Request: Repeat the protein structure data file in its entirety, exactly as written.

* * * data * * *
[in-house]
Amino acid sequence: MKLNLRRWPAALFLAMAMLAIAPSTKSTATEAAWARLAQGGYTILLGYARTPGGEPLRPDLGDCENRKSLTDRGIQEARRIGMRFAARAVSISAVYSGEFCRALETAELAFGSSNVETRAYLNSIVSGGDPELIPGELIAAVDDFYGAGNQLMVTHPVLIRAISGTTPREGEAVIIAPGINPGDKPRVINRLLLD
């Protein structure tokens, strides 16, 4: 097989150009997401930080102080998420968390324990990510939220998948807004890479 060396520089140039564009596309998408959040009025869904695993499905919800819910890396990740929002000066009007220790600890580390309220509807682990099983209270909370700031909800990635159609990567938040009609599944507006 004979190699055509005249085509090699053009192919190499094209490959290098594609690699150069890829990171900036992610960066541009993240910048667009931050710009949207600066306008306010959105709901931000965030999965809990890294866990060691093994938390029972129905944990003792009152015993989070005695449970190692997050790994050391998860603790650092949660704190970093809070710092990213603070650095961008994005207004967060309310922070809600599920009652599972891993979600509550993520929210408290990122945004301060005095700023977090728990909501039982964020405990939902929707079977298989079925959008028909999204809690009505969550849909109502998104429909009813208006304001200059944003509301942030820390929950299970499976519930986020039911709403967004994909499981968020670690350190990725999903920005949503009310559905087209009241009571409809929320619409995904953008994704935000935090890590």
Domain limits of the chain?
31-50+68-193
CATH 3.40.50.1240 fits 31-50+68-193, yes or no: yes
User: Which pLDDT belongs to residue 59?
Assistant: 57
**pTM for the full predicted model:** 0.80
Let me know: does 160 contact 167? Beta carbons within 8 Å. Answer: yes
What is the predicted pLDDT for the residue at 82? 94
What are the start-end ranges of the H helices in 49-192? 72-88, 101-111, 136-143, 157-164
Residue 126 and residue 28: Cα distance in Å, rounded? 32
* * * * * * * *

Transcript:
[in-house]
Amino acid sequence: MKLNLRRWPAALFLAMAMLAIAPSTKSTATEAAWARLAQGGYTILLGYARTPGGEPLRPDLGDCENRKSLTDRGIQEARRIGMRFAARAVSISAVYSGEFCRALETAELAFGSSNVETRAYLNSIVSGGDPELIPGELIAAVDDFYGAGNQLMVTHPVLIRAISGTTPREGEAVIIAPGINPGDKPRVINRLLLD
């Protein structure tokens, strides 16, 4: 097989150009997401930080102080998420968390324990990510939220998948807004890479 060396520089140039564009596309998408959040009025869904695993499905919800819910890396990740929002000066009007220790600890580390309220509807682990099983209270909370700031909800990635159609990567938040009609599944507006 004979190699055509005249085509090699053009192919190499094209490959290098594609690699150069890829990171900036992610960066541009993240910048667009931050710009949207600066306008306010959105709901931000965030999965809990890294866990060691093994938390029972129905944990003792009152015993989070005695449970190692997050790994050391998860603790650092949660704190970093809070710092990213603070650095961008994005207004967060309310922070809600599920009652599972891993979600509550993520929210408290990122945004301060005095700023977090728990909501039982964020405990939902929707079977298989079925959008028909999204809690009505969550849909109502998104429909009813208006304001200059944003509301942030820390929950299970499976519930986020039911709403967004994909499981968020670690350190990725999903920005949503009310559905087209009241009571409809929320619409995904953008994704935000935090890590």
Domain limits of the chain?
31-50+68-193
CATH 3.40.50.1240 fits 31-50+68-193, yes or no: yes
User: Which pLDDT belongs to residue 59?
Assistant: 57
**pTM for the full predicted model:** 0.80
Let me know: does 160 contact 167? Beta carbons within 8 Å. Answer: yes
What is the predicted pLDDT for the residue at 82? 94
What are the start-end ranges of the H helices in 49-192? 72-88, 101-111, 136-143, 157-164
Residue 126 and residue 28: Cα distance in Å, rounded? 32